A FIRM which has plans to tap into coal gas beneath the sea, creating hundreds of jobs, has hit back over claims it could be a catastrophe.
Campaigners will meet today to discuss concerns over Underground Coal Gasification (UCG) off the North East coast.
Licences have been granted to Five Quarter off Sunderland, and Cluff Natural Resources, which has been granted permission to bore between Ryhope to Peterlee and down to the Headland of Hartlepool.
The Families, Friends, Fight Against Gasification (FAG), which brings together action groups from Sunderland, East Durham, Cleveland and Cumbria, will meet in Dawdon tomorrow to discuss fears at a public meeting.
A spokesman said: “There is strong public opposition to this and FAG are campaigning against this potentially catastrophic activity.”
Both firms say they have not been invited to the session.
Their gas-making process would involve driving boreholes below the seabed from land, with steam and oxygen then injected to oxidise the coal and surrounding rock.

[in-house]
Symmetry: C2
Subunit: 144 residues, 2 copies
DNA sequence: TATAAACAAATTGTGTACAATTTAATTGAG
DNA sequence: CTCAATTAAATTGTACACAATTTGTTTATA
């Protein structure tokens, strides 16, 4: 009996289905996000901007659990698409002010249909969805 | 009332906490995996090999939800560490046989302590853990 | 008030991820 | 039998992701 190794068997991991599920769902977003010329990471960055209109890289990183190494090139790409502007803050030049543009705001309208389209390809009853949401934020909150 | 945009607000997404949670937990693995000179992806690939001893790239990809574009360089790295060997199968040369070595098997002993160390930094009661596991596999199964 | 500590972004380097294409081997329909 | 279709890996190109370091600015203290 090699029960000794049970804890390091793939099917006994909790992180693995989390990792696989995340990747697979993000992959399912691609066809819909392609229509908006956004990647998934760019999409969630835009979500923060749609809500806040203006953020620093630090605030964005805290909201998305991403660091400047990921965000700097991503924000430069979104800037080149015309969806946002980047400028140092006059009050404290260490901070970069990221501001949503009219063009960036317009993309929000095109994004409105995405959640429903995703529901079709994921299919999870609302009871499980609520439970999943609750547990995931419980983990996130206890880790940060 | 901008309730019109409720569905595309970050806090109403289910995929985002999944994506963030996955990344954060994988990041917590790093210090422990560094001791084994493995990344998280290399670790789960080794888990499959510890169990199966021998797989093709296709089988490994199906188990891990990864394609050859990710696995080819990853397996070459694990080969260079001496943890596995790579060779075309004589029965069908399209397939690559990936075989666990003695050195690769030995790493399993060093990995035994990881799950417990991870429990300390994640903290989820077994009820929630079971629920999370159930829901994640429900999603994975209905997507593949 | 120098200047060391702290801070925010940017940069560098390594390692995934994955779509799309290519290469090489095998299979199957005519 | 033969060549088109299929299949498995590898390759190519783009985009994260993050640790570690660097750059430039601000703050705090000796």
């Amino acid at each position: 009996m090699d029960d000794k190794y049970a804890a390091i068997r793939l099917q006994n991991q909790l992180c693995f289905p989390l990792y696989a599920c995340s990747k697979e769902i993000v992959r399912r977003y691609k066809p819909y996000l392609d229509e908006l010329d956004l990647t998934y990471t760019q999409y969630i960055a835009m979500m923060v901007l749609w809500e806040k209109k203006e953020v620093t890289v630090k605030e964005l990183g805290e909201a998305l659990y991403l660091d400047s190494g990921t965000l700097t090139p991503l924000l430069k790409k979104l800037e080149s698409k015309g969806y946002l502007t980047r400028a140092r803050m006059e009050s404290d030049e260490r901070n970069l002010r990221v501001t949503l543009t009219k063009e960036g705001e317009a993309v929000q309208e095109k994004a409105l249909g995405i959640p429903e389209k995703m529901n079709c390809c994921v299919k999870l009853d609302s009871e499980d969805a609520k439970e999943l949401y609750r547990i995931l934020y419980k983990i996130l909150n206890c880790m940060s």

It does not involve fracking or injecting chemicals.
But Friends of the Earth say it will involve burning millions of tons of coal under the seabed and involve carbon monoxide, methane and hydrogen being pumped to facilities along the coast.
Friends of the Earth’s North East campaigner, Simon Bowens, said: “The North East has already suffered from a legacy of exploitation.
“This experimental scheme, which claims to inject pollutants back into the ground, risks leaving generations to come with another pollution headache.
“Additionally, the burning of this fossil fuel will only add more climate changing gases to our atmosphere.”
Dr Harry Bradbury, founder of Five Quarter and its chairman, said Friends of the Earth were sending out an “alarmist message” and had not taken on board information it had been given earlier this year addressing its concerns.
He said operations could be up and running by 2017 or 2018, with bases in industrial sites on Wearside and a major plant on Teesside, where it plans to supply industries.
It will generate around 400 jobs and potentially another 200 depending on operations, with its staff now seeking out workers.
He said: “We will create jobs, but it this is about existing jobs, that’s what this is really about, the supply chain.
“I’ve spoken to the chief executive of Sunderland’s council and been clear on the message if Sunderland is to be a centre of excellence for manufacturing, it cannot do that without the raw materials.”
He added he has set aside the first week in December to meet with people to discuss the plans, with anyone interested in meeting him asked to email firstname.lastname@example.org.
The meeting at Dawdon Miners’ Welfare Hall, in Mount Stewart Street, is at 6.30pm.